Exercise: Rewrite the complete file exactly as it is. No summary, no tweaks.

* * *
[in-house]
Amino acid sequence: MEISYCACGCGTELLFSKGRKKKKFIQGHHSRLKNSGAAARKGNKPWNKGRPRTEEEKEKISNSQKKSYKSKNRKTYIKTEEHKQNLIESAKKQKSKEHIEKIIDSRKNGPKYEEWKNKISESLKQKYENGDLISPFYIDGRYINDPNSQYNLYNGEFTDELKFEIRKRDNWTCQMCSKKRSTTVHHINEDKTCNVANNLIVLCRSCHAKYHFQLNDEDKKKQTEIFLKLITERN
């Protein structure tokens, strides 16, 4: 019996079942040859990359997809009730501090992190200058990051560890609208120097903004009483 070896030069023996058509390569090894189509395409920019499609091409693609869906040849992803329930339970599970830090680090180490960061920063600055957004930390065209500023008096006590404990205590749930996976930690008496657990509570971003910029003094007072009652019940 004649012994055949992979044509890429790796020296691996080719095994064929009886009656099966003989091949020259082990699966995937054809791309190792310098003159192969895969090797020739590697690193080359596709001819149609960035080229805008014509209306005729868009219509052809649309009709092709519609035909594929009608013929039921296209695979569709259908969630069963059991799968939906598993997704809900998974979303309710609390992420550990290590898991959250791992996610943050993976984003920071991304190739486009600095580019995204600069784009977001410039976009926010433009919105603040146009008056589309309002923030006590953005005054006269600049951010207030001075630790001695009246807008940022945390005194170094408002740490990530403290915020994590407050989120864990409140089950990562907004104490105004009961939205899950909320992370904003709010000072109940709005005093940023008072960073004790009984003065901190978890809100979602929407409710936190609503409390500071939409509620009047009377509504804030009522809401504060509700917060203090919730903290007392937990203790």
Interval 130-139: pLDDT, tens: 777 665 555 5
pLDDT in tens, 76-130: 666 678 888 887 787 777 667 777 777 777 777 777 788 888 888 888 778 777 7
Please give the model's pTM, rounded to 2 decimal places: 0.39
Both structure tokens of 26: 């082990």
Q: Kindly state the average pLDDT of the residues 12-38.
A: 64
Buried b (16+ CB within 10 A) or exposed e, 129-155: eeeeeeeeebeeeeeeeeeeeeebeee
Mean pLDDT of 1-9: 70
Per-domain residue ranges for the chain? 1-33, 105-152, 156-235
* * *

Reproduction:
[in-house]
Amino acid sequence: MEISYCACGCGTELLFSKGRKKKKFIQGHHSRLKNSGAAARKGNKPWNKGRPRTEEEKEKISNSQKKSYKSKNRKTYIKTEEHKQNLIESAKKQKSKEHIEKIIDSRKNGPKYEEWKNKISESLKQKYENGDLISPFYIDGRYINDPNSQYNLYNGEFTDELKFEIRKRDNWTCQMCSKKRSTTVHHINEDKTCNVANNLIVLCRSCHAKYHFQLNDEDKKKQTEIFLKLITERN
């Protein structure tokens, strides 16, 4: 019996079942040859990359997809009730501090992190200058990051560890609208120097903004009483 070896030069023996058509390569090894189509395409920019499609091409693609869906040849992803329930339970599970830090680090180490960061920063600055957004930390065209500023008096006590404990205590749930996976930690008496657990509570971003910029003094007072009652019940 004649012994055949992979044509890429790796020296691996080719095994064929009886009656099966003989091949020259082990699966995937054809791309190792310098003159192969895969090797020739590697690193080359596709001819149609960035080229805008014509209306005729868009219509052809649309009709092709519609035909594929009608013929039921296209695979569709259908969630069963059991799968939906598993997704809900998974979303309710609390992420550990290590898991959250791992996610943050993976984003920071991304190739486009600095580019995204600069784009977001410039976009926010433009919105603040146009008056589309309002923030006590953005005054006269600049951010207030001075630790001695009246807008940022945390005194170094408002740490990530403290915020994590407050989120864990409140089950990562907004104490105004009961939205899950909320992370904003709010000072109940709005005093940023008072960073004790009984003065901190978890809100979602929407409710936190609503409390500071939409509620009047009377509504804030009522809401504060509700917060203090919730903290007392937990203790």
Interval 130-139: pLDDT, tens: 777 665 555 5
pLDDT in tens, 76-130: 666 678 888 887 787 777 667 777 777 777 777 777 788 888 888 888 778 777 7
Please give the model's pTM, rounded to 2 decimal places: 0.39
Both structure tokens of 26: 């082990």
Q: Kindly state the average pLDDT of the residues 12-38.
A: 64
Buried b (16+ CB within 10 A) or exposed e, 129-155: eeeeeeeeebeeeeeeeeeeeeebeee
Mean pLDDT of 1-9: 70
Per-domain residue ranges for the chain? 1-33, 105-152, 156-235